Hi everyone! I'm trying to implement literal values as generic types.

Can you briefly explain what you mean by this?

Are you referring to let-polymorphism, like

let fn = { $0 }
let f1: (Int) -> Int = fn
let f2: (Float) -> Float = fn

No, I mean so that a vector's or matrix's dimensions can be part of its type (strawman syntax and protocol name, but this is pretty much what I'll be trying to support, at least at first):

I think instead of modeling these generic parameters as types, you should look into generalizing GenericSignatures to contain ‘literal requirements’. Right now, we have four kinds of requirements:

- A is a subclass of B
- A conforms to B
- A is the same type as B
- A has a known layout

All of these except for the last one have a generic parameter as their right hand side. All of them have a generic parameter on their left hand side. I think what you want is to add a new ‘value parameter’ that is not a type, but instead has a value. Requirements would be placed on these to constrain them to known kinds of literals (integers, strings, etc).

struct Vector<T: ExpressibleByIntegerLiteral, L: IntegerLiteralExpr> {
  var elements: [T]
  init() {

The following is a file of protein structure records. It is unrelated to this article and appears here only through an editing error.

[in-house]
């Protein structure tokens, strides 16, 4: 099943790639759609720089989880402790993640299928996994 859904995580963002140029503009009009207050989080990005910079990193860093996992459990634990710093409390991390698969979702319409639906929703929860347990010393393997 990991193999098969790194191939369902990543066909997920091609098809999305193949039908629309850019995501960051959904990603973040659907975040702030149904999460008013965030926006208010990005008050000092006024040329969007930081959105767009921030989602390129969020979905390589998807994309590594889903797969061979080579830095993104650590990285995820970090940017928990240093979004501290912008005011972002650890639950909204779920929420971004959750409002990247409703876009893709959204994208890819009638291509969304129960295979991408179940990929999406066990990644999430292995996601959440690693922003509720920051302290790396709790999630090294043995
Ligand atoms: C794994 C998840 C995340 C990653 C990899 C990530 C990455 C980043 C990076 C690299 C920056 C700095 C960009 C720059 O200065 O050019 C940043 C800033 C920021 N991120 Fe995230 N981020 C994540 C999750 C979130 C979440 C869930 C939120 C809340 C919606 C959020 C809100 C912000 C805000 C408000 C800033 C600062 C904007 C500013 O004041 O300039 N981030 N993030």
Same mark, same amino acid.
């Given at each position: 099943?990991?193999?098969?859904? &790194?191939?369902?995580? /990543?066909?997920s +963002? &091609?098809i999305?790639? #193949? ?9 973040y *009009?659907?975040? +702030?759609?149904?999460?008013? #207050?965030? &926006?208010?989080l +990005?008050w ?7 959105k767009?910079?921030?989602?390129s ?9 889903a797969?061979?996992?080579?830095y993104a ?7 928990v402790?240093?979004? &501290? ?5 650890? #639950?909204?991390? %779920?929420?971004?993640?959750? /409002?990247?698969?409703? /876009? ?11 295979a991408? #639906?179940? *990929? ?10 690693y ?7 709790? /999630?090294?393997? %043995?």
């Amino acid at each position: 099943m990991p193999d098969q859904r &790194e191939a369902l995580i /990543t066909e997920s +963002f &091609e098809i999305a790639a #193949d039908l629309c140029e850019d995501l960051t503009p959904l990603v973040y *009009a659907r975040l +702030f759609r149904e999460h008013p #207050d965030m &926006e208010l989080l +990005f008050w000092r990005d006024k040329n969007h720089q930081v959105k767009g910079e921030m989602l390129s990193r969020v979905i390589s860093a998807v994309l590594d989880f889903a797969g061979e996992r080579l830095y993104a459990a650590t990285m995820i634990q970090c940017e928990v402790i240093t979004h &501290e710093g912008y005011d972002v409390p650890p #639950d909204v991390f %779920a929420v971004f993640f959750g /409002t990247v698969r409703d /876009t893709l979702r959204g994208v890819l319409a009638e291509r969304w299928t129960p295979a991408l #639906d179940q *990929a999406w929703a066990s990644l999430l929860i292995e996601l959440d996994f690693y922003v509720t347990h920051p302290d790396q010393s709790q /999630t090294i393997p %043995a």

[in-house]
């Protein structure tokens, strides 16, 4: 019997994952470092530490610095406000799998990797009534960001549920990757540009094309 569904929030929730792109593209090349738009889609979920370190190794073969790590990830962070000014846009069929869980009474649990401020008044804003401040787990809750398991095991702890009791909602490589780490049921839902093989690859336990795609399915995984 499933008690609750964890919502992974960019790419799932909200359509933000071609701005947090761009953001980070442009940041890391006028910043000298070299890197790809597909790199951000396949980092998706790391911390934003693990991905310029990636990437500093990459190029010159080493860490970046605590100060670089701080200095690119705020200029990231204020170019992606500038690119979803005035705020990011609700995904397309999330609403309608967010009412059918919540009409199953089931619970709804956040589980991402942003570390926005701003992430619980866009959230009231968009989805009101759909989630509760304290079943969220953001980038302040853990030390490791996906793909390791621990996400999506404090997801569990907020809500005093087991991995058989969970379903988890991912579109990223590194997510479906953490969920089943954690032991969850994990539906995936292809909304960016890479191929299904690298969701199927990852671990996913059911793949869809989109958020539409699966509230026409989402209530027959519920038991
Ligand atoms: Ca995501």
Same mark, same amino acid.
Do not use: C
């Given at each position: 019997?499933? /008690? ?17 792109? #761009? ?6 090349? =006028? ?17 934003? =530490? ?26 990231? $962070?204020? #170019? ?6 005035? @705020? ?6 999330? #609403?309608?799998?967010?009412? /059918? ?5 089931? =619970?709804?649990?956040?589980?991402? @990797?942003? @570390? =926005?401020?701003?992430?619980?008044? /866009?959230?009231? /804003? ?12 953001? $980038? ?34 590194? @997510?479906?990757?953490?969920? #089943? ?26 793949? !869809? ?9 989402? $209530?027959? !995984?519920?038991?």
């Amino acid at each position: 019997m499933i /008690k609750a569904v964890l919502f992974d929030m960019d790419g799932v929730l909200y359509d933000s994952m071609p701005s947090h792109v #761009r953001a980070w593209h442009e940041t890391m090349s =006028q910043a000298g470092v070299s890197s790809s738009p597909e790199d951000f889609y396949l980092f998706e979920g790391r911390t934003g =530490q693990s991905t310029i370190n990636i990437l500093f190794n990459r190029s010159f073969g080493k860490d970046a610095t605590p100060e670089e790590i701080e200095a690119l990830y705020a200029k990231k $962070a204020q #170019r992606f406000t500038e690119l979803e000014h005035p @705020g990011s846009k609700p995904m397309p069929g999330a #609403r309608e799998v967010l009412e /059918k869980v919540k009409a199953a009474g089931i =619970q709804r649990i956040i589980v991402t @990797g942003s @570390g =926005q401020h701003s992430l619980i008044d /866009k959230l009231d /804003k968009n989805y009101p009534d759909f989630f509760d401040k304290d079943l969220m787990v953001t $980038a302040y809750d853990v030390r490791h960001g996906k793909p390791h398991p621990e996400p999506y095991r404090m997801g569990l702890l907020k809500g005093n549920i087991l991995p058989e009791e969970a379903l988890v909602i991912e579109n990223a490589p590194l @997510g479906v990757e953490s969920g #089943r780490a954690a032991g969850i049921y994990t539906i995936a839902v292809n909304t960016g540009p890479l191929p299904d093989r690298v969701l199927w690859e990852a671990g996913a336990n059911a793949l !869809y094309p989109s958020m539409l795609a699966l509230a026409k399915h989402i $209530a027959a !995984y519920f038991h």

elements = [T](repeating: 0, count: L)
  }
}

let vect = Vector<Int, 5>()

And, once that's working, I'm going to add support simple "type functions":
func join <T, L1, L2> (_ lhs: Vector<T, L1>, _ rhs: Vector<T, L2>) -> Vector<T, L1 + L2 > {...}
I think restricting the supported "type functions" to expressions that could be evaluated by the compiler's "constant folding" code would be a reasonable place to start,

The compiler’s constant folding operates on SIL instructions, not Exprs directly. However constant folding is not generally what you want for this, because constant folding is a ‘best effort’ kind of optimization (it may or may not fold your calculation down to a constant) and also it produces code that evaluates the result (even if its a constant) and not the result itself.